This region of New Brunswick is notable for its seafood and historic coastal towns.
- 1 Saint John — the province's second-largest city, and home of the provincial museum
- 2 St. Stephen — "Canada's Chocolate Town"
- 3 St. Andrews — an historic seaside resort town
- 4 St. George —
- 5 St. Martins —
- 6 Sussex — the "Dairy Centre of the Maritimes"
- 7 Alma — headquarters of the Fundy National Park, and a fishing town for lobster and scallops
- 1 Deer Island — the Old Sow, the largest tidal whirlpool in the western hemisphere, can be viewed from Deer Island Point Park
- 2 Campobello Island — a popular summer colony for wealthy Canadians and Americans, including Franklin D. Roosevelt spent his summers at a family estate on Campobello
- 3 Grand Manan Island — a beautiful island of small fishing communities
- 4 Machias Seal Island — a Canadian Wildlife Service sanctuary and nesting ground for thousands of seabirds, and a lighthouse
- 5 Fundy National Park — a rugged coastline, the highest tides in the world and more than 25 waterfalls
The tidal range is famous as the Bay of Fundy acts as a funnel, directing massive amounts of tidal energy to one point; this generates the region's famously large high tides. The tidal range in the Bay of Fundy is about 13 metres (43 ft). (The average tidal range worldwide is about 1 metre.) In one 12-hour tidal cycle, about 100 billion tonnes of water flows in and out of the bay, which is twice as much as the combined flow of all the rivers of the world over the same period.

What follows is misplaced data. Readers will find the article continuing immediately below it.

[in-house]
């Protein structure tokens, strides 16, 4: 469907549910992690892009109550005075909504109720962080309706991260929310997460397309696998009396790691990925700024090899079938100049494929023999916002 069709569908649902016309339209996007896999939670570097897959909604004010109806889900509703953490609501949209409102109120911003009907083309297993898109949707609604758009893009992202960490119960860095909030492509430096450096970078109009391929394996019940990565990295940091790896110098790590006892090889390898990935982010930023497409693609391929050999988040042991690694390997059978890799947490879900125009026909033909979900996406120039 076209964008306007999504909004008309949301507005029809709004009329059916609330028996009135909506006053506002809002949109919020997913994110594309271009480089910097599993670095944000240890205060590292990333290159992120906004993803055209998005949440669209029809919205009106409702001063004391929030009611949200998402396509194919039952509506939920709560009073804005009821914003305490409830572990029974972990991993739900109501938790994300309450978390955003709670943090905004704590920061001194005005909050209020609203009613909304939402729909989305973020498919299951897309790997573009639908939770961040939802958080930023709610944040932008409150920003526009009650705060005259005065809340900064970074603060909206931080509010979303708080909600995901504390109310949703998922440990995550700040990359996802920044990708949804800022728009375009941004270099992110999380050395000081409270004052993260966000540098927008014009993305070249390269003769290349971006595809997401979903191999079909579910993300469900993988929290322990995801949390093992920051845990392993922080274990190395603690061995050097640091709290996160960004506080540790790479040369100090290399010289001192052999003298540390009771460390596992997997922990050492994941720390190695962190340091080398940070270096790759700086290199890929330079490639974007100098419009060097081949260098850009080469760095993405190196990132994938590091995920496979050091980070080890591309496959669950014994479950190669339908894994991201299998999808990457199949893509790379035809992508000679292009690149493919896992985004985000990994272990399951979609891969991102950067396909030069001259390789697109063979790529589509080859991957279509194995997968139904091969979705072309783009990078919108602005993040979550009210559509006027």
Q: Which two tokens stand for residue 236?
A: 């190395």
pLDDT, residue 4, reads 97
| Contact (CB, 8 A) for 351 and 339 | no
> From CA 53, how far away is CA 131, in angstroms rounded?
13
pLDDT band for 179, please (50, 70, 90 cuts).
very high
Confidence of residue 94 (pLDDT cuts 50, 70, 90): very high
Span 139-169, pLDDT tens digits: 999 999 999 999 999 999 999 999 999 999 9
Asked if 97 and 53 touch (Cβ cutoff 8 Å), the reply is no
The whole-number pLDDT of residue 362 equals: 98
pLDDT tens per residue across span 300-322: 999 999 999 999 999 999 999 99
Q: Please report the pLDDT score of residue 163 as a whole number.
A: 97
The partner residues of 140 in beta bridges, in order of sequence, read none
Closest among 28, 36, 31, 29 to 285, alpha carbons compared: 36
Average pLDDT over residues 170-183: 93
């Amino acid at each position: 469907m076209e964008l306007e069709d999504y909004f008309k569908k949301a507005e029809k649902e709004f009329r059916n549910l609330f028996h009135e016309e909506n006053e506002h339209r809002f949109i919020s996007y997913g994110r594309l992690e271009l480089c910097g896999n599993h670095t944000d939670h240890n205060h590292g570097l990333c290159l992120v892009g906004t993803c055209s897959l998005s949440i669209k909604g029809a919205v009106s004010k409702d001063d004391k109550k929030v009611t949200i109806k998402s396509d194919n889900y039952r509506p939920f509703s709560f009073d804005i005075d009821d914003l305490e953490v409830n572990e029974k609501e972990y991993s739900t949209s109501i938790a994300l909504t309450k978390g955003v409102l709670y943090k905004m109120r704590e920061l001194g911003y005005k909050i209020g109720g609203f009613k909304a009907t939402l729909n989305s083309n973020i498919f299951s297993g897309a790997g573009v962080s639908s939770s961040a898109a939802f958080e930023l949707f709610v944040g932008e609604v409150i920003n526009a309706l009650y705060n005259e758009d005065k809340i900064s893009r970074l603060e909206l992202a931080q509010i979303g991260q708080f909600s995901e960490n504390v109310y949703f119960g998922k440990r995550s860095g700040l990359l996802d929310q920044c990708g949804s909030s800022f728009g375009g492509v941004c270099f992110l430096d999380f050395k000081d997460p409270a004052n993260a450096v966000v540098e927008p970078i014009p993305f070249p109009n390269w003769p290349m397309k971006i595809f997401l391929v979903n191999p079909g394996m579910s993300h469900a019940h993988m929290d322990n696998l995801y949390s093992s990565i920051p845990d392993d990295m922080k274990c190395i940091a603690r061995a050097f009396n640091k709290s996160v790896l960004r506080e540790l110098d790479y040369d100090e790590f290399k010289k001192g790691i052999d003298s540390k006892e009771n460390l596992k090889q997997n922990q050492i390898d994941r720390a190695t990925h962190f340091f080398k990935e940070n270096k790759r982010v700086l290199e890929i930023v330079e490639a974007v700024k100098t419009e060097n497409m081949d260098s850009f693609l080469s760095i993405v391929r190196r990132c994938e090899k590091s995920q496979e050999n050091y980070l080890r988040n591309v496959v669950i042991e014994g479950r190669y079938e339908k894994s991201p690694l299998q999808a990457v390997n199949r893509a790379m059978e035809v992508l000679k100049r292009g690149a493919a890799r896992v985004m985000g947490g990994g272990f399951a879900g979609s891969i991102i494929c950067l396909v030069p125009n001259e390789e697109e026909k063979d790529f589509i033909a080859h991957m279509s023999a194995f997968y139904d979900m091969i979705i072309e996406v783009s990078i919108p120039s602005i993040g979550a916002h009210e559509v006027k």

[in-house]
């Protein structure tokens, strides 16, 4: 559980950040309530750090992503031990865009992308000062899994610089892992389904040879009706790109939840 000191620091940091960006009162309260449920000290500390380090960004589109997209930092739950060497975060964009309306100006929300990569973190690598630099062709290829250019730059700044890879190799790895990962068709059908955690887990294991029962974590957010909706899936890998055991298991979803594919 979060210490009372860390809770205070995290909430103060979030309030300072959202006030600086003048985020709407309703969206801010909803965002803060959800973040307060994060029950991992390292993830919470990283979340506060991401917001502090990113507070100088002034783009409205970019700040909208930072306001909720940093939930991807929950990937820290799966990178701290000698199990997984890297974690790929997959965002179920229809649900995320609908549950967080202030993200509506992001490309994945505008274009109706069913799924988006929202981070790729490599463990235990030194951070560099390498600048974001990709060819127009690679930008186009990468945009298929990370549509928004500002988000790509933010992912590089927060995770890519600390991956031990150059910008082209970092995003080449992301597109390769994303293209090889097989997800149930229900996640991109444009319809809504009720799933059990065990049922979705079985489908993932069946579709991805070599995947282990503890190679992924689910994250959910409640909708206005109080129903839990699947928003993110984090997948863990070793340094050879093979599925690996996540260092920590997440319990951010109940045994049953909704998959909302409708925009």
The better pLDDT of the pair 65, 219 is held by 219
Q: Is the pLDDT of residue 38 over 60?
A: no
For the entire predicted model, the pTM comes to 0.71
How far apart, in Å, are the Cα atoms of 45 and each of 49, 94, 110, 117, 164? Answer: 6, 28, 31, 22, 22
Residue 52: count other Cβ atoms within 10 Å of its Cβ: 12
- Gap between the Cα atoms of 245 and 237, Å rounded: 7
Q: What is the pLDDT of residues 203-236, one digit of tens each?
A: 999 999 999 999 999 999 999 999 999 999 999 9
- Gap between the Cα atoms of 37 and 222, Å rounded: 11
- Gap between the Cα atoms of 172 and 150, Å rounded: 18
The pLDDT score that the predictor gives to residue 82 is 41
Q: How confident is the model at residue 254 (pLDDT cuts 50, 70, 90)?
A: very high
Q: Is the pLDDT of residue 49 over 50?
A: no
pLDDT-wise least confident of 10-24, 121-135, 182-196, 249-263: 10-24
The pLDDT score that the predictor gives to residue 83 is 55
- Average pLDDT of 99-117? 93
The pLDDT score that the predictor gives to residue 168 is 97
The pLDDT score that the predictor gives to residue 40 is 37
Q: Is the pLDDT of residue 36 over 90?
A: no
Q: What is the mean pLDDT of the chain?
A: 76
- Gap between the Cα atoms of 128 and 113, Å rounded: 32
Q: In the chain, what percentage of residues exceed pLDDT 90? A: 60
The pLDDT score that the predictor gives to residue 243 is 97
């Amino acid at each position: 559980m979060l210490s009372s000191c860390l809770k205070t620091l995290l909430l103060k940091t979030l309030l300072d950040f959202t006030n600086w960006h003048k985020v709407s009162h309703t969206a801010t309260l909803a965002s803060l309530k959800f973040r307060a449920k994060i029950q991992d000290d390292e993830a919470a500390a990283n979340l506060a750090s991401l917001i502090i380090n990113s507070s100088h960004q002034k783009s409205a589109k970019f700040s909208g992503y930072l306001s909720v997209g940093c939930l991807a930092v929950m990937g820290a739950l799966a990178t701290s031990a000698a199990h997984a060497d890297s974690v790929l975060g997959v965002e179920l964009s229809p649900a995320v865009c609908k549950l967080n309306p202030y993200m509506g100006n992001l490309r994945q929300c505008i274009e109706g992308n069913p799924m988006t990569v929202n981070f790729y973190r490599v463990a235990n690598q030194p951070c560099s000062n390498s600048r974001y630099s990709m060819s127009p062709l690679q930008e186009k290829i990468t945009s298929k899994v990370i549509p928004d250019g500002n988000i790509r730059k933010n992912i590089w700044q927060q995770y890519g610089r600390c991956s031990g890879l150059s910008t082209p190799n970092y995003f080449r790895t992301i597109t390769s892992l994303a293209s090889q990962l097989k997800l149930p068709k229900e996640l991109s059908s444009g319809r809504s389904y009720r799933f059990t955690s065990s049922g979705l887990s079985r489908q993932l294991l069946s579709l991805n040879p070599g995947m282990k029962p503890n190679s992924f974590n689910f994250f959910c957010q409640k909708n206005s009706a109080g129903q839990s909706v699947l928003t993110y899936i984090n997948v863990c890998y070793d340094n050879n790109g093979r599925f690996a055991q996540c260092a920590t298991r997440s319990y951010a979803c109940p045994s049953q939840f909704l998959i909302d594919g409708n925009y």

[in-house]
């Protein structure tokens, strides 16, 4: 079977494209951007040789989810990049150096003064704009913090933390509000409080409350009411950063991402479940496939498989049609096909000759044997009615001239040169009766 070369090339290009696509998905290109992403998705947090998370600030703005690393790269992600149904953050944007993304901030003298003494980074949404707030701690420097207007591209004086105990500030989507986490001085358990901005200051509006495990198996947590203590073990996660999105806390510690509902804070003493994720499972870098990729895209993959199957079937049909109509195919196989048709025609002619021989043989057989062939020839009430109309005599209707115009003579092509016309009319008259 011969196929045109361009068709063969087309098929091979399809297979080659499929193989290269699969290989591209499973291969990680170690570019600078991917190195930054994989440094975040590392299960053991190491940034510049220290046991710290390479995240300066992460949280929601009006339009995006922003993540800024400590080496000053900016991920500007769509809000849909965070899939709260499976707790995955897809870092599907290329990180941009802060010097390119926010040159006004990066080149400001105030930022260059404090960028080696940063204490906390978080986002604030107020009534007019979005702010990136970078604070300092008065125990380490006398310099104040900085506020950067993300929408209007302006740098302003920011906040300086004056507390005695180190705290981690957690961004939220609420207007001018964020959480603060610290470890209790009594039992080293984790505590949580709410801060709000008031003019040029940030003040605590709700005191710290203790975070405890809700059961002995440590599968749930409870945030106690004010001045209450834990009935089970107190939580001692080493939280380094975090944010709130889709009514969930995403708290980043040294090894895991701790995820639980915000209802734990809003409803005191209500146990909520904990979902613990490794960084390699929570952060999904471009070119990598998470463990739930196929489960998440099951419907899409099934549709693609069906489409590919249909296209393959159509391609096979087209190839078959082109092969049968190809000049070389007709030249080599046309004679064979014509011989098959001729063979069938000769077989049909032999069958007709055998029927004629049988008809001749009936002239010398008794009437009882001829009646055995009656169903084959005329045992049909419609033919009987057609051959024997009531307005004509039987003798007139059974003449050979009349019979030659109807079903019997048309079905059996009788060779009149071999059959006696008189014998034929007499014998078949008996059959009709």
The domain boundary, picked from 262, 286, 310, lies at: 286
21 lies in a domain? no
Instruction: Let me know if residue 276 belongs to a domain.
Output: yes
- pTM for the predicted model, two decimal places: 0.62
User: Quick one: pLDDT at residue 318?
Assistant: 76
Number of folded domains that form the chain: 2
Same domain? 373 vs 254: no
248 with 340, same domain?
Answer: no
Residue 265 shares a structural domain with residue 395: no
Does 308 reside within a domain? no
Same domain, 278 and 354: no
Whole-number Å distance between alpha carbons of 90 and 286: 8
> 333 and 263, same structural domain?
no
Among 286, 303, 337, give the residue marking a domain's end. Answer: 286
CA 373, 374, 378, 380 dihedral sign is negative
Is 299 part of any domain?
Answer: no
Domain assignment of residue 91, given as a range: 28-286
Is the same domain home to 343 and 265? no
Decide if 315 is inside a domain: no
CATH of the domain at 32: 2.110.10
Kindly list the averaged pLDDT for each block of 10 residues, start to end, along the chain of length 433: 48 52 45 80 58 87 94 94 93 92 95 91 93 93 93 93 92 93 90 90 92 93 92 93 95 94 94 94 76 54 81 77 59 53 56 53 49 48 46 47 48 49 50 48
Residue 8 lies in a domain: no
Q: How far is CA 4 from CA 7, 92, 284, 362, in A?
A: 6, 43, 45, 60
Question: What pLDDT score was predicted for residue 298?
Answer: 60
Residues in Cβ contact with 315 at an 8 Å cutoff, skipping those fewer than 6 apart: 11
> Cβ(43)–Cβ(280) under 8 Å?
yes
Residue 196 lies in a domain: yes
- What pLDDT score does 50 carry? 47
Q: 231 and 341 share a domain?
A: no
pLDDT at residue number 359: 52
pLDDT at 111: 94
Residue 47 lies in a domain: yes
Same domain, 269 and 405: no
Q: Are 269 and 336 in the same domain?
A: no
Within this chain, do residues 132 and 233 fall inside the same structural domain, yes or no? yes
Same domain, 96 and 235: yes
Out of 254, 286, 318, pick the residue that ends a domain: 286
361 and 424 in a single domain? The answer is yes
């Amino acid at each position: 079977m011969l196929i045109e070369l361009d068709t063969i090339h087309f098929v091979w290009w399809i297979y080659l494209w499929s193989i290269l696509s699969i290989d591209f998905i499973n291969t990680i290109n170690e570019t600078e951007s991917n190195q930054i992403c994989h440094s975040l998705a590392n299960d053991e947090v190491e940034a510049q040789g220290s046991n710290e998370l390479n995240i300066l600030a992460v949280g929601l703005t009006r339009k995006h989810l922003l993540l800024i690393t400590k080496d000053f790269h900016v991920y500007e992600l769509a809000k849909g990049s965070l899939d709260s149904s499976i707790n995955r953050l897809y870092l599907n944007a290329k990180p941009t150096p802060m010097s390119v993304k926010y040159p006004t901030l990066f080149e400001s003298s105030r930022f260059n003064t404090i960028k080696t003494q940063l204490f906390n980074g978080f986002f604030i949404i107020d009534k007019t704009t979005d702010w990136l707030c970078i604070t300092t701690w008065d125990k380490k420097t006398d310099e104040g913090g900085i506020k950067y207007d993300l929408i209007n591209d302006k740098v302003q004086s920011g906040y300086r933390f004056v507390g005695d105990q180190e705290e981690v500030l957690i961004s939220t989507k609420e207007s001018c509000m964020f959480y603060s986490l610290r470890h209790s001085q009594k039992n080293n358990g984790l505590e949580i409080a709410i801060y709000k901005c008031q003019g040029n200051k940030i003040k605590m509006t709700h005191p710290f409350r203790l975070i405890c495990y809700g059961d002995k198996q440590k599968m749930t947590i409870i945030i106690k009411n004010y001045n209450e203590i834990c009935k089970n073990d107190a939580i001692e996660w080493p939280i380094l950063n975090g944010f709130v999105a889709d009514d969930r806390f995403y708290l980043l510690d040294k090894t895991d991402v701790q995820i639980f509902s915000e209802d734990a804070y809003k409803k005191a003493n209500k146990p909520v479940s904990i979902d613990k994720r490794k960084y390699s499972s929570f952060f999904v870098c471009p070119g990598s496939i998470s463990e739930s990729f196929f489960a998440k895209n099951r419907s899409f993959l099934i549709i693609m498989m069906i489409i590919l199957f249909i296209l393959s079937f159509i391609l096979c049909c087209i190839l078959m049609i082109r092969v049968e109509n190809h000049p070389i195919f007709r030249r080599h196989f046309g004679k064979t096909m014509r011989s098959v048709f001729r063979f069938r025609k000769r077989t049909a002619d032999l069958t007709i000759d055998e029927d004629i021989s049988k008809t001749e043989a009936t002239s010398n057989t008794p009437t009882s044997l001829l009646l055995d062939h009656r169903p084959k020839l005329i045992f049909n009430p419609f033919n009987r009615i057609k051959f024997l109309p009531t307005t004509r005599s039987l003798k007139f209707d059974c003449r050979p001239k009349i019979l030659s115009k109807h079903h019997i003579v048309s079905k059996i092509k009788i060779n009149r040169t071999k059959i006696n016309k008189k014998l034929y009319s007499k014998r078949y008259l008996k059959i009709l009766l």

Most of the rivers have a tidal bore, a wave front of the incoming tide that "bores" its way up a river against its normal flow. Notable ones include those on the Maccan, St. Croix, and Kennetcook rivers. The Petitcodiac River has one of the world's largest tidal bores, up to 2 m high. In 2013 surfers rode it a record-breaking 29 km.
Other phenomena include the Reversing Falls near the mouth of the Saint John River, a rip tide at Cape Enrage, and the Old Sow whirlpool at Passamaquoddy Bay.
The name is likely a corruption of the French word fendu, meaning "split".
The Mi'kmaq fished in the Bay of Fundy and lived in communities around the bay for centuries before the first Europeans arrived. According to Mi'kmaq legend, the tide was created when Glooscap wanted to take a bath.
The first European to visit the bay may have been Portuguese explorer João Álvares Fagundes in about 1520. The first European settlement was French, founded at Île-Saint-Croix, and then Port Royal, founded in 1605. Champlain named it Baie Française (French Bay). About 75 years later, Acadians spread out along the bay. There was much military action and many attacks on the settlements around the bay, first as the French and British fought for control of the area, leading to the Expulsion of the Acadians, and later by Americans during the American Revolution and the War of 1812.
In the 1800s, shipbuilders flourished. Fundy ports produced the fastest ship in the world, Marco Polo; the largest wooden ship ever built in Canada, William D. Lawrence; and the first female sea captain in the western world, Molly Kool. The mystery ship Mary Celeste was also built there.
While New Brunswick is officially a bilingual province (due to the historic presence of both United Empire Loyalists and Acadians), the southern portion of the province is disproportionately English-speaking.